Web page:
China, HK stocks drop as fresh Sino-U.S. dispute dents sentiment
China and Hong Kong stocks on Thursday extended losses to a second session as a fresh dispute between Washington and Beijing over Hong Kong stoked concerns that an interim trade deal could slide into next year.
** The CSI300 index was down 0.6% at 3,885.32 points, while the Shanghai Composite Index lost 0.4% to 2,899.56 points. ** The Hang Seng index dropped 1.6% to 26,456.23 points, while the Hong Kong China Enterprises Index lost 1.5% to 10,458.92 points.
** Completion of a "phase one" U.S.-China trade deal could be pushed into next year, trade experts and people close to the White House said, as Beijing presses for more extensive tariff rollbacks, and the Trump administration counters with heightened demands of its own. ** In a dinner speech in Beijing on Wednesday, Vice Premier Liu He said he was "cautiously optimistic" on a "phase one" deal, Bloomberg News said, citing people who attended the event ahead of a forum organized by Bloomberg LP.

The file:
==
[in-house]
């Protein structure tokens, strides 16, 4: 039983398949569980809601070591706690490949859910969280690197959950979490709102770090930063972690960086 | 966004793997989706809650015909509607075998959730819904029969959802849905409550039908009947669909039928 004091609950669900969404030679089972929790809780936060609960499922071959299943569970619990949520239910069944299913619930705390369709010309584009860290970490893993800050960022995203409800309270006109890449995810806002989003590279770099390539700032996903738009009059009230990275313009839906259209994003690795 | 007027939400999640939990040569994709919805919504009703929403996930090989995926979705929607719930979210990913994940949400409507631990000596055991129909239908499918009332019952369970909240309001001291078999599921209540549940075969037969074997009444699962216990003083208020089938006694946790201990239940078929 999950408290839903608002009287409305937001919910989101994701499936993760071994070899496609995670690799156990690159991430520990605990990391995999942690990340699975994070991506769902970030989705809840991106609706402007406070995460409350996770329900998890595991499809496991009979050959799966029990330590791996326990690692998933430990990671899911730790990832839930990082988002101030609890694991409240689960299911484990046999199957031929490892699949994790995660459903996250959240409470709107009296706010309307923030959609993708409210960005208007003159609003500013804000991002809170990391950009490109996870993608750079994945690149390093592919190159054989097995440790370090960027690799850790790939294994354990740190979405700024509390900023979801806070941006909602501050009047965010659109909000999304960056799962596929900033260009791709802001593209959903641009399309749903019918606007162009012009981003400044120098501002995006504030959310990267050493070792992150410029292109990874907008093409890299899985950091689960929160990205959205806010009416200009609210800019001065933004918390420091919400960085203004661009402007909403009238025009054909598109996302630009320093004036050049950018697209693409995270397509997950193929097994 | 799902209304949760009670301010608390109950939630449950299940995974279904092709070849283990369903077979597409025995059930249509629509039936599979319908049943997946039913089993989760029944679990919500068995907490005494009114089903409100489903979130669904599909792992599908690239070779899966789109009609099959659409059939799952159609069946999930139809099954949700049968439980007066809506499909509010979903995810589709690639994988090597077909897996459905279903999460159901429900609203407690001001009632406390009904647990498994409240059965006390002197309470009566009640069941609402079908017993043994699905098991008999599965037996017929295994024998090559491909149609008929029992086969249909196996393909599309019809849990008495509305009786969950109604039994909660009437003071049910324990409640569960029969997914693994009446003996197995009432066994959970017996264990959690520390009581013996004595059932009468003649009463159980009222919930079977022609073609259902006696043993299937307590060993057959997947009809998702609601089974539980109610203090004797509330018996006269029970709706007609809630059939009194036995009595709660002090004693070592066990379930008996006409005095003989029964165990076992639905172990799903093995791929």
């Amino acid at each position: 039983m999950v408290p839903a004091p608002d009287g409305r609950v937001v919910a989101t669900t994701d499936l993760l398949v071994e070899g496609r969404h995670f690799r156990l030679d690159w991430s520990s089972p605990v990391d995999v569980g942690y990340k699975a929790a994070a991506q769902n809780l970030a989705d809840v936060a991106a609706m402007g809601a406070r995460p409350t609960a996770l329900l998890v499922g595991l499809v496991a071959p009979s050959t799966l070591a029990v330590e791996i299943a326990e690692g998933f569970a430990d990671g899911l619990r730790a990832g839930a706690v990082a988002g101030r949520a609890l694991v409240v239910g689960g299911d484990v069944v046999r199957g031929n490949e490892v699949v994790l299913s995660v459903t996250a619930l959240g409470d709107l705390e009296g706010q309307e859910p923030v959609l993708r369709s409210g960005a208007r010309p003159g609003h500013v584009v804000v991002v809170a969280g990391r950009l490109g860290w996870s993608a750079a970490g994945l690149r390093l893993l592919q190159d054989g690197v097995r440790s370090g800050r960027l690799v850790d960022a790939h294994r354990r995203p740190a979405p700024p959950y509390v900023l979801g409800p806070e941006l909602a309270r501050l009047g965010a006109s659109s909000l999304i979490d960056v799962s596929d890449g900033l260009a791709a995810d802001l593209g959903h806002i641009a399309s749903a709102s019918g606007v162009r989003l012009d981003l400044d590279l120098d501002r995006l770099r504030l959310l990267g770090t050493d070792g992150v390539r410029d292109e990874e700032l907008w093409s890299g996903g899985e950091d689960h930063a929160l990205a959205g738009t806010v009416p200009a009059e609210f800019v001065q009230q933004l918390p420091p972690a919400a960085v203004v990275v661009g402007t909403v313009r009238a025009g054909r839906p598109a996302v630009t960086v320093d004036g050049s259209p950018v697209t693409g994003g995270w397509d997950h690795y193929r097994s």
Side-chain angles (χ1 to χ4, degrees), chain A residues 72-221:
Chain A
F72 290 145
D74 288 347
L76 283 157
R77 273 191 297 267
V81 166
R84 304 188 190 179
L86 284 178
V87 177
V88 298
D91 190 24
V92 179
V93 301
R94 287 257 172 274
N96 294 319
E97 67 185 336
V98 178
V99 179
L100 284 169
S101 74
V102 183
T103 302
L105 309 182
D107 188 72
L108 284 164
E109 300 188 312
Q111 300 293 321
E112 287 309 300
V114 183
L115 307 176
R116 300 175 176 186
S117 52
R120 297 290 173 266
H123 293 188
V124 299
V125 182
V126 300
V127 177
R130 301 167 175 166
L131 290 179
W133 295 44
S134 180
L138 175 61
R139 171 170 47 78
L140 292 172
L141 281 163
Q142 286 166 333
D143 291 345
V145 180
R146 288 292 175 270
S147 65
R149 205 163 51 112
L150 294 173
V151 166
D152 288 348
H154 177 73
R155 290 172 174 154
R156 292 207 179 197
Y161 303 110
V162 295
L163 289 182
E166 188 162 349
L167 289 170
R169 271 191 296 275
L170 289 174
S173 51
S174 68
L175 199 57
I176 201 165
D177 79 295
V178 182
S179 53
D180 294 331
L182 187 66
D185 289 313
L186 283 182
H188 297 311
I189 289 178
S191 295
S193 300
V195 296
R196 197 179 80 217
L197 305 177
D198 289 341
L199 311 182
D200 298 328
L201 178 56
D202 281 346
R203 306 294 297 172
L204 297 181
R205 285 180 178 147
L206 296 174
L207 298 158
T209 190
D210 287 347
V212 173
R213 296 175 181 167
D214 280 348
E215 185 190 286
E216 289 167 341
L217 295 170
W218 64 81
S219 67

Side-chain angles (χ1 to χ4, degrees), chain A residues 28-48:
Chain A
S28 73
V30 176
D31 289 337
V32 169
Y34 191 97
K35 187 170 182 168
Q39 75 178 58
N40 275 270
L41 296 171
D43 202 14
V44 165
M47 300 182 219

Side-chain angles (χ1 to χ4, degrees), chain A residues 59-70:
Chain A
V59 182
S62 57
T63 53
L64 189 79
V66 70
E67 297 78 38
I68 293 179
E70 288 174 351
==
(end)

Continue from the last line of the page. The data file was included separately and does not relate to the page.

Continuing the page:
** The crackdown on anti-government protests in Hong Kong may also complicate the completion of a deal. ** The Hong Kong issue is definitely a negative factor in the trade talks, Zhang Yansheng, principal researcher at the state-affiliated think-tank China Center for International Economic Exchanges, said at the Bloomberg forum on Thursday.
** The U.S. House of Representatives on Wednesday passed two bills to back protesters in Hong Kong and send a warning to China about human rights, with President Donald Trump expected to sign them into law, despite delicate trade talks with Beijing. ** Around the region, MSCI's Asia ex-Japan stock index was weaker by 1.12%, while Japan's Nikkei index was down 0.73%.
** The yuan was quoted at 7.0385 per U.S. dollar, 0.03% weaker than the previous close of 7.0364. ** So far this year, the Shanghai stock index advanced 16.73%, while China's H-share index rose 4.9%. Shanghai stocks declined 0.61% so far this month.
** As of 0414 GMT, China's A-shares were trading at a premium of 27.98% over the Hong Kong-listed H-shares.
(This story has not been edited by Devdiscourse staff and is auto-generated from a syndicated feed.)
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